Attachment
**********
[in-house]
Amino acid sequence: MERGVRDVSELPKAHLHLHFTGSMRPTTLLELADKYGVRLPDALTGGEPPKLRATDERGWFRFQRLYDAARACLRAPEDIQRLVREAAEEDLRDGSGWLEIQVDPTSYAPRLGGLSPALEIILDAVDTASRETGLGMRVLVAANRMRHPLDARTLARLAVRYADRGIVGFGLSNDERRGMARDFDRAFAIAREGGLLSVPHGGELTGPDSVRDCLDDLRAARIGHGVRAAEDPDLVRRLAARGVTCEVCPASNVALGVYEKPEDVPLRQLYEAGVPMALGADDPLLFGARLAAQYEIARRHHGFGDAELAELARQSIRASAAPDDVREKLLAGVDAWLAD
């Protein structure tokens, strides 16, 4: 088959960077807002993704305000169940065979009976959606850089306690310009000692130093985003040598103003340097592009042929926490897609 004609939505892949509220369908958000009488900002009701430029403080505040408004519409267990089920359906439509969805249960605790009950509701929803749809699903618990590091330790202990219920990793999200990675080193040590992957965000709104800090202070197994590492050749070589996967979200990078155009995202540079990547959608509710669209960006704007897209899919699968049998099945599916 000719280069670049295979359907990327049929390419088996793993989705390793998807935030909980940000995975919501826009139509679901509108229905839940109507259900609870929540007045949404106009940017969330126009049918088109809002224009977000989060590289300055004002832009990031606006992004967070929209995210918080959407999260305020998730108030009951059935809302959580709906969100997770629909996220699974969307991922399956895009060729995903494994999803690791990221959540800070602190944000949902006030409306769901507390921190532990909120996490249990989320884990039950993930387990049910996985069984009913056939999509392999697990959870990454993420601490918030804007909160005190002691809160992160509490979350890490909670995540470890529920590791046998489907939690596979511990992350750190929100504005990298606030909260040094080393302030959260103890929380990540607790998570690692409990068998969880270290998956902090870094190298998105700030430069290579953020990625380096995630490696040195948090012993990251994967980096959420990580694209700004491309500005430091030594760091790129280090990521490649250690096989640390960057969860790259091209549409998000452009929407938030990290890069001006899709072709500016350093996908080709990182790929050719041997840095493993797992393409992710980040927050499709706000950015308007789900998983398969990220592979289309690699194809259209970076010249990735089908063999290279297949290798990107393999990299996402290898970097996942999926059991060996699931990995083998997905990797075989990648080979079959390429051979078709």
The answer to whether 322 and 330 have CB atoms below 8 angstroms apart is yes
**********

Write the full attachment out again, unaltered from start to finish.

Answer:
[in-house]
Amino acid sequence: MERGVRDVSELPKAHLHLHFTGSMRPTTLLELADKYGVRLPDALTGGEPPKLRATDERGWFRFQRLYDAARACLRAPEDIQRLVREAAEEDLRDGSGWLEIQVDPTSYAPRLGGLSPALEIILDAVDTASRETGLGMRVLVAANRMRHPLDARTLARLAVRYADRGIVGFGLSNDERRGMARDFDRAFAIAREGGLLSVPHGGELTGPDSVRDCLDDLRAARIGHGVRAAEDPDLVRRLAARGVTCEVCPASNVALGVYEKPEDVPLRQLYEAGVPMALGADDPLLFGARLAAQYEIARRHHGFGDAELAELARQSIRASAAPDDVREKLLAGVDAWLAD
């Protein structure tokens, strides 16, 4: 088959960077807002993704305000169940065979009976959606850089306690310009000692130093985003040598103003340097592009042929926490897609 004609939505892949509220369908958000009488900002009701430029403080505040408004519409267990089920359906439509969805249960605790009950509701929803749809699903618990590091330790202990219920990793999200990675080193040590992957965000709104800090202070197994590492050749070589996967979200990078155009995202540079990547959608509710669209960006704007897209899919699968049998099945599916 000719280069670049295979359907990327049929390419088996793993989705390793998807935030909980940000995975919501826009139509679901509108229905839940109507259900609870929540007045949404106009940017969330126009049918088109809002224009977000989060590289300055004002832009990031606006992004967070929209995210918080959407999260305020998730108030009951059935809302959580709906969100997770629909996220699974969307991922399956895009060729995903494994999803690791990221959540800070602190944000949902006030409306769901507390921190532990909120996490249990989320884990039950993930387990049910996985069984009913056939999509392999697990959870990454993420601490918030804007909160005190002691809160992160509490979350890490909670995540470890529920590791046998489907939690596979511990992350750190929100504005990298606030909260040094080393302030959260103890929380990540607790998570690692409990068998969880270290998956902090870094190298998105700030430069290579953020990625380096995630490696040195948090012993990251994967980096959420990580694209700004491309500005430091030594760091790129280090990521490649250690096989640390960057969860790259091209549409998000452009929407938030990290890069001006899709072709500016350093996908080709990182790929050719041997840095493993797992393409992710980040927050499709706000950015308007789900998983398969990220592979289309690699194809259209970076010249990735089908063999290279297949290798990107393999990299996402290898970097996942999926059991060996699931990995083998997905990797075989990648080979079959390429051979078709």
The answer to whether 322 and 330 have CB atoms below 8 angstroms apart is yes